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Knee pain and stiffness

A 55-year-old man who had skin problems for decades sought care for pain and stiffness in both knees. His knees first started bothering him 2 years earlier, but over the past 6 months, his symptoms had worsened. The family physician (FP) noted scaling plaques on his legs and asymmetric knee swelling. The right knee had limited range of motion and there was atrophy of the leg muscles.

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The FP recognized that this patient had psoriatic arthritis, which was asymmetric in the knees and present in the patient’s hands.

The FP prescribed topical steroid ointments and referred the patient to Dermatology and Rheumatology, as it was clear that a systemic immunosuppressive agent would be needed for treatment. She ordered an interferon-gamma release assay for tuberculosis (TB) infection, hepatitis B and C serologies, and a comprehensive metabolic profile (as a baseline).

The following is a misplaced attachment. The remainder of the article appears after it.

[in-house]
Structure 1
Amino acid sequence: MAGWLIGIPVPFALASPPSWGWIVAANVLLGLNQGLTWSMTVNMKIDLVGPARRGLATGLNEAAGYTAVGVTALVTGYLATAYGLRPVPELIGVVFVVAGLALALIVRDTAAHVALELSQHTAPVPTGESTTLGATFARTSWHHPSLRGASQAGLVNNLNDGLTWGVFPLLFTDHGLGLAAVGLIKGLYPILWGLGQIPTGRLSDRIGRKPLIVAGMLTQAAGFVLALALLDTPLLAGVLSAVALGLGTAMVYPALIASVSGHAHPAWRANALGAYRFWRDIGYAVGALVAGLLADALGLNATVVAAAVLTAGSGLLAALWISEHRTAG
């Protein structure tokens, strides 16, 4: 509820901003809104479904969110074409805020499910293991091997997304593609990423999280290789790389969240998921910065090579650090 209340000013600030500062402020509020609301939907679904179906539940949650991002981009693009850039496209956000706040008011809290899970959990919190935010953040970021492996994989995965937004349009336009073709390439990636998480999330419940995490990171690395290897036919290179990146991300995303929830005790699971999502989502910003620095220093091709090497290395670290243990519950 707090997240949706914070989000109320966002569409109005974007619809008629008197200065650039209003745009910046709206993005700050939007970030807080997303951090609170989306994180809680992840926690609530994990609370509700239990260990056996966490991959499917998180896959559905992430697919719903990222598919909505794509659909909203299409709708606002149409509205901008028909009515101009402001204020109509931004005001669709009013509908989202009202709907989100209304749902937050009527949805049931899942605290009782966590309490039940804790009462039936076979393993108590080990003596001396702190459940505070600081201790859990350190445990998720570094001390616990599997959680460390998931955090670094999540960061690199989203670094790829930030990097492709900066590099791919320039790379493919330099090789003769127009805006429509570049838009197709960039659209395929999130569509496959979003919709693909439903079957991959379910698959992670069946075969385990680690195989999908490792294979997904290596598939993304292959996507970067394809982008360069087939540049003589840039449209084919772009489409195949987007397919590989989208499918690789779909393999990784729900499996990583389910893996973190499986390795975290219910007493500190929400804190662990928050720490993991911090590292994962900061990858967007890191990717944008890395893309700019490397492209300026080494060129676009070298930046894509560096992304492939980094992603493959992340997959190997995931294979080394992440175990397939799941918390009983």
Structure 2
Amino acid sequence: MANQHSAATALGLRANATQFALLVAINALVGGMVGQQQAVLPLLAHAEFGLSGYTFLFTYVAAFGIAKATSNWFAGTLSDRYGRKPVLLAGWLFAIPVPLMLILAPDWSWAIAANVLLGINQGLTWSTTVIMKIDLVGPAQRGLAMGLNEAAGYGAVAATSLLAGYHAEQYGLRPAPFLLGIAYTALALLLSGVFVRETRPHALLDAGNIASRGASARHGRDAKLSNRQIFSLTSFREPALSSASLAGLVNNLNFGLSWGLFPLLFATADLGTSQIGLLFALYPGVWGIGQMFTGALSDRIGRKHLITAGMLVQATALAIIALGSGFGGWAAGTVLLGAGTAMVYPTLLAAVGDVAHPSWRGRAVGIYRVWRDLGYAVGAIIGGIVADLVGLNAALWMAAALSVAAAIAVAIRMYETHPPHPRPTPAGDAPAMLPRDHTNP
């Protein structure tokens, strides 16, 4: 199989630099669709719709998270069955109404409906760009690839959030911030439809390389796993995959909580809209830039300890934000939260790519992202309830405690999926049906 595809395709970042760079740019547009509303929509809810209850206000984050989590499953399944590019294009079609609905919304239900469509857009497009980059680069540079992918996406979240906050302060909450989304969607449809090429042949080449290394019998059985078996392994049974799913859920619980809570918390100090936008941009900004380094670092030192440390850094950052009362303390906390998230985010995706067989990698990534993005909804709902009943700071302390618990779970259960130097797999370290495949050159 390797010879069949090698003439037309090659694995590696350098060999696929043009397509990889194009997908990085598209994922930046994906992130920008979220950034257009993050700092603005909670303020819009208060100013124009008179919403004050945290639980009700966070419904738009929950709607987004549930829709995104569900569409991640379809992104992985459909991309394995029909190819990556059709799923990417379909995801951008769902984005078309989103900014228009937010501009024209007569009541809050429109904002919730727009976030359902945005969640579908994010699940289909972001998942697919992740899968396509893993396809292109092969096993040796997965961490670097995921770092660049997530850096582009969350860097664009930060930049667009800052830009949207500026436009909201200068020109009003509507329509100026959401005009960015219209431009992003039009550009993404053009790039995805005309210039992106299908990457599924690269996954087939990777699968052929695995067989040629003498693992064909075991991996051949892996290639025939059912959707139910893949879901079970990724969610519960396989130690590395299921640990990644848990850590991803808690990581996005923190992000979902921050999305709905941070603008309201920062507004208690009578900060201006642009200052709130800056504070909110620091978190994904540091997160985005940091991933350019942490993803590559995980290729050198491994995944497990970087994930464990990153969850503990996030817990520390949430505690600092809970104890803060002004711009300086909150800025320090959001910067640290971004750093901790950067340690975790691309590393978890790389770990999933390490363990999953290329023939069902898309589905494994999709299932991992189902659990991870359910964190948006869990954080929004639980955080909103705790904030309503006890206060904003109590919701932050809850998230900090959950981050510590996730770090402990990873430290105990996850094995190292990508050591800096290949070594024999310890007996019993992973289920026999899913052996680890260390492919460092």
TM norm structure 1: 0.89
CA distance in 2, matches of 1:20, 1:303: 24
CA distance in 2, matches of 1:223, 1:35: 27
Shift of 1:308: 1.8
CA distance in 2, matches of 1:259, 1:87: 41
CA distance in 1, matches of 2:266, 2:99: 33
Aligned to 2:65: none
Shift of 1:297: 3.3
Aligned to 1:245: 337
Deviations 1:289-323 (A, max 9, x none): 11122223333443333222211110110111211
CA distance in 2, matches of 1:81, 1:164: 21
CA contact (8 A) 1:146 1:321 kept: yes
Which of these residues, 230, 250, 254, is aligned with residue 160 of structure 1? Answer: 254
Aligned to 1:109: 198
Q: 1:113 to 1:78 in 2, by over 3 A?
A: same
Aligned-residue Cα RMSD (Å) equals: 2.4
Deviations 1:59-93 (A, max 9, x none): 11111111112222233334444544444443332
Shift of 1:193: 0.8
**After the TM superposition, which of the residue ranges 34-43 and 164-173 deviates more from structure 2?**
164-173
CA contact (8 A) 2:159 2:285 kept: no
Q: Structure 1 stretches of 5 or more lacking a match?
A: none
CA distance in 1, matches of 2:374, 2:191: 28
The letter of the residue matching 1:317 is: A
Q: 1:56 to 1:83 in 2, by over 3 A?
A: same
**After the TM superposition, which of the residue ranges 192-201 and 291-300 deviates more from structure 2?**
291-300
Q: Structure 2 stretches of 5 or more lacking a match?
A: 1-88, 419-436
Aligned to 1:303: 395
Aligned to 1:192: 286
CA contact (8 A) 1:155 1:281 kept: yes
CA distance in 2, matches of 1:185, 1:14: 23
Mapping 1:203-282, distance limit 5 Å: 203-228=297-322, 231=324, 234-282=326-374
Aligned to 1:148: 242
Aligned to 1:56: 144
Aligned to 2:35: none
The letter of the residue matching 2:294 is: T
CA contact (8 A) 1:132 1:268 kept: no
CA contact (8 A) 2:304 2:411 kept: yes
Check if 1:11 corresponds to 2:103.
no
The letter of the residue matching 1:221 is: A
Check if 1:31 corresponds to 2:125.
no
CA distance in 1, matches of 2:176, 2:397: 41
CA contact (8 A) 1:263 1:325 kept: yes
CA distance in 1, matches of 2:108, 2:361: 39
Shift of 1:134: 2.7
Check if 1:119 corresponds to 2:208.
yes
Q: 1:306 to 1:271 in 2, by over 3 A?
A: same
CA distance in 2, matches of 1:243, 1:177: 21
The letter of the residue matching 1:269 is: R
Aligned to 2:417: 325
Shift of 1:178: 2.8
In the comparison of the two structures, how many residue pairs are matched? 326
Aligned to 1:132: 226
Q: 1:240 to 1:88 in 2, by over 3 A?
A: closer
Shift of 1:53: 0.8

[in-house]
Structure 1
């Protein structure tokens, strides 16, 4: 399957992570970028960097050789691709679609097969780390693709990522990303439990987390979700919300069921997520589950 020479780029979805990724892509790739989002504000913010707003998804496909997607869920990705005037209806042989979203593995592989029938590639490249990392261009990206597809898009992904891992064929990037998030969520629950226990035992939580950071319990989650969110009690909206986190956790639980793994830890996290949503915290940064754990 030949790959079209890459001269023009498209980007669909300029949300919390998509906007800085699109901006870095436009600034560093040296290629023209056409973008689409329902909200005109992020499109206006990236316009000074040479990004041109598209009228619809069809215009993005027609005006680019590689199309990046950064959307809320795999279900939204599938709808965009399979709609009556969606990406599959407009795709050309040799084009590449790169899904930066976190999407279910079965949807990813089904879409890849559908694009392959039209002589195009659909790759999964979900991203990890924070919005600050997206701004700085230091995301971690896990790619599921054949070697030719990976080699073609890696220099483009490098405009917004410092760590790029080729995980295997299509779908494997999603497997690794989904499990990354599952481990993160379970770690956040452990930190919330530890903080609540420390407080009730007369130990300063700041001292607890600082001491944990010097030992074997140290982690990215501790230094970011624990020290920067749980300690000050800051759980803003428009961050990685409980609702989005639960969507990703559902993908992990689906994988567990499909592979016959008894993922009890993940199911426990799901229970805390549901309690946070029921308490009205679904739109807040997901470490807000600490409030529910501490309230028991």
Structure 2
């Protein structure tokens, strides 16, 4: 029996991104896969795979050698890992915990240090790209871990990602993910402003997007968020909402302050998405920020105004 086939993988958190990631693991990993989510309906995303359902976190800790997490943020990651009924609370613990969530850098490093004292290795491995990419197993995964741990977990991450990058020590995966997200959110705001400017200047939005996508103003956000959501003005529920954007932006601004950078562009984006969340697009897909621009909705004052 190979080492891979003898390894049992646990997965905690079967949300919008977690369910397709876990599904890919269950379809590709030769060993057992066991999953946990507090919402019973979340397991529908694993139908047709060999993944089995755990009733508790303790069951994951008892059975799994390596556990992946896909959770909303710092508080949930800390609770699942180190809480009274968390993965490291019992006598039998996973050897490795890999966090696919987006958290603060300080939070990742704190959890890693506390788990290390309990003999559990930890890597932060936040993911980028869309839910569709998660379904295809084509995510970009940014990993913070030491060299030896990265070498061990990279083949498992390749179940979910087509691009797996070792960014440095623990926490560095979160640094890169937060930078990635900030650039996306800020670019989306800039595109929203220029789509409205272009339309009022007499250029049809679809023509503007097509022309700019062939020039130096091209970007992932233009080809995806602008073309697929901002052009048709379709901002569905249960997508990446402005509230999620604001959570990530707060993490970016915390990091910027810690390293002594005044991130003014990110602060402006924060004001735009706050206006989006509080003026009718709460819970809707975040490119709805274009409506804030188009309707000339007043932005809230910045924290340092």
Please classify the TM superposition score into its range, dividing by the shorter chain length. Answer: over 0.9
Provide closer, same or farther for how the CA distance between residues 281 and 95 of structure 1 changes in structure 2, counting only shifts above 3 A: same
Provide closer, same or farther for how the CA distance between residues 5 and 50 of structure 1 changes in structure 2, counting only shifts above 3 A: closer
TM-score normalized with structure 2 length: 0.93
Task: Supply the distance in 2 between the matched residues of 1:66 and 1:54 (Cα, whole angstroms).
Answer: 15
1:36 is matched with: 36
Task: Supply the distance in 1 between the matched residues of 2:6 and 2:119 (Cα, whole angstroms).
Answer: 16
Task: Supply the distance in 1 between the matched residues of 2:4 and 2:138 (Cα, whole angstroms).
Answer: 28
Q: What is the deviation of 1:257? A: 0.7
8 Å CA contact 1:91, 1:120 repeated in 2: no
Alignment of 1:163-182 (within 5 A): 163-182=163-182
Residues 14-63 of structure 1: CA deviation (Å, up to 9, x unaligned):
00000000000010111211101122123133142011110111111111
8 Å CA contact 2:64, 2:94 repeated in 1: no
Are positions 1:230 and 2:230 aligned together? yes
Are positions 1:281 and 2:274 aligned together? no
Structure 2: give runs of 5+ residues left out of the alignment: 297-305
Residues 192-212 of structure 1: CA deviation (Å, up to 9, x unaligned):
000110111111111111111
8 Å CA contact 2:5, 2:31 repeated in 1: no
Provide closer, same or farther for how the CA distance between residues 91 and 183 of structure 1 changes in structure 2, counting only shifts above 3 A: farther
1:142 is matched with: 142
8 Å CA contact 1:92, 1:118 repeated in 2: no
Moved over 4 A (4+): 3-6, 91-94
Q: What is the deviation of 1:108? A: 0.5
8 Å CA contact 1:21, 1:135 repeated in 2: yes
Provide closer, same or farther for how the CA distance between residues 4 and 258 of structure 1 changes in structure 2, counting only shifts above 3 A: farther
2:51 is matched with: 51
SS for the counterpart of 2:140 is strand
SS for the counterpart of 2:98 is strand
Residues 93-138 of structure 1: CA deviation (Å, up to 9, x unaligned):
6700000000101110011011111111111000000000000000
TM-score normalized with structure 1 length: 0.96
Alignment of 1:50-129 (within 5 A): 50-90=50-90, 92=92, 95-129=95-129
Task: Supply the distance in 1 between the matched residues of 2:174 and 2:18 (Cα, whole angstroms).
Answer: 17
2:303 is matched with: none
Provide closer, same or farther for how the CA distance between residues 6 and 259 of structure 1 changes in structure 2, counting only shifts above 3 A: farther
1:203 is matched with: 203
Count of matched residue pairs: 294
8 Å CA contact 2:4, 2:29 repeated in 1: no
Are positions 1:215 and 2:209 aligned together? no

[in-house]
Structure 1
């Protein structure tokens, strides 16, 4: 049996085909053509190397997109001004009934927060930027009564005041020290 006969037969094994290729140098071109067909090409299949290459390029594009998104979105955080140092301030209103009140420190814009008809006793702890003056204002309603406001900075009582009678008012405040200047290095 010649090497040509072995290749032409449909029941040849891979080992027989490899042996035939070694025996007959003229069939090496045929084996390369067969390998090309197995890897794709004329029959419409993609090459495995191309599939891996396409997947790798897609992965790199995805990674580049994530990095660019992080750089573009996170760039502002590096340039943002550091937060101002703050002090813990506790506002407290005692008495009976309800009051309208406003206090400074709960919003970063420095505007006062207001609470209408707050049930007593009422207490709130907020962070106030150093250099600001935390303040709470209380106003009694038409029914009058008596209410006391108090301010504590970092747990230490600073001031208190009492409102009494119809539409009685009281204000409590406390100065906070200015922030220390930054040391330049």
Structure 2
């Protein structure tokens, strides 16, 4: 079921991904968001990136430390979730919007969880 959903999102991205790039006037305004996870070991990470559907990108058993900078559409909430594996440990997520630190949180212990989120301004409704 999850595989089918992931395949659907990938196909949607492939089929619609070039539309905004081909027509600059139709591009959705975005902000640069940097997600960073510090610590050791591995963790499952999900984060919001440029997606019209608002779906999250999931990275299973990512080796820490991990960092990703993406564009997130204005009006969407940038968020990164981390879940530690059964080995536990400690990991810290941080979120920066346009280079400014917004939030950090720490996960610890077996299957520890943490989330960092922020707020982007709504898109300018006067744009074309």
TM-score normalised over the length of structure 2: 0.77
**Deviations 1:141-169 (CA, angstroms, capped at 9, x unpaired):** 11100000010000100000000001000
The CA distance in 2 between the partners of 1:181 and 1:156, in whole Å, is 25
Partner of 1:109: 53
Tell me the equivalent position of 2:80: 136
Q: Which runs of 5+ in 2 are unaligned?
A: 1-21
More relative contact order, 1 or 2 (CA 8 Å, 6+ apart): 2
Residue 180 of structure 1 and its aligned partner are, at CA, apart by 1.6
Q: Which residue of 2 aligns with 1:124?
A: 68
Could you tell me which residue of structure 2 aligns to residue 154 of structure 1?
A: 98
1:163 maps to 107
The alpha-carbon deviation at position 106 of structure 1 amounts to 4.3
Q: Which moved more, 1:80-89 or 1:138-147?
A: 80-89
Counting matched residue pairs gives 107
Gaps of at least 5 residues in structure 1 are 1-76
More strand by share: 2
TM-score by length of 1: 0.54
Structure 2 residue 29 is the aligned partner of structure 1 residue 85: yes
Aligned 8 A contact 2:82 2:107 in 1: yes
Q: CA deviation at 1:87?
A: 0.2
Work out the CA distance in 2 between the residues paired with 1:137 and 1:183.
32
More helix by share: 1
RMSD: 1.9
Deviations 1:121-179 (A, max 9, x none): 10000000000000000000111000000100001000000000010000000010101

The patient was seen by Dermatology first, and a discussion of treatment choices included a review of methotrexate and various biologic medications. Fortunately, all of the baseline labs were normal and there was no evidence of exposure to TB or hepatitis.

The patient was started on methotrexate weekly to treat his psoriasis and psoriatic arthritis. Daily folic acid was prescribed to prevent the adverse effects of methotrexate. Within weeks, the patient was able to walk better and his skin had begun to clear.

Photo and text courtesy of Richard P. Usatine, MD. This case was adapted from: Chumley H, Usatine R. Arthritis overview. In: Usatine R, Smith M, Mayeaux EJ, et al, eds. Color Atlas of Family Medicine. 2nd ed. New York, NY: McGraw-Hill; 2013:562-568.

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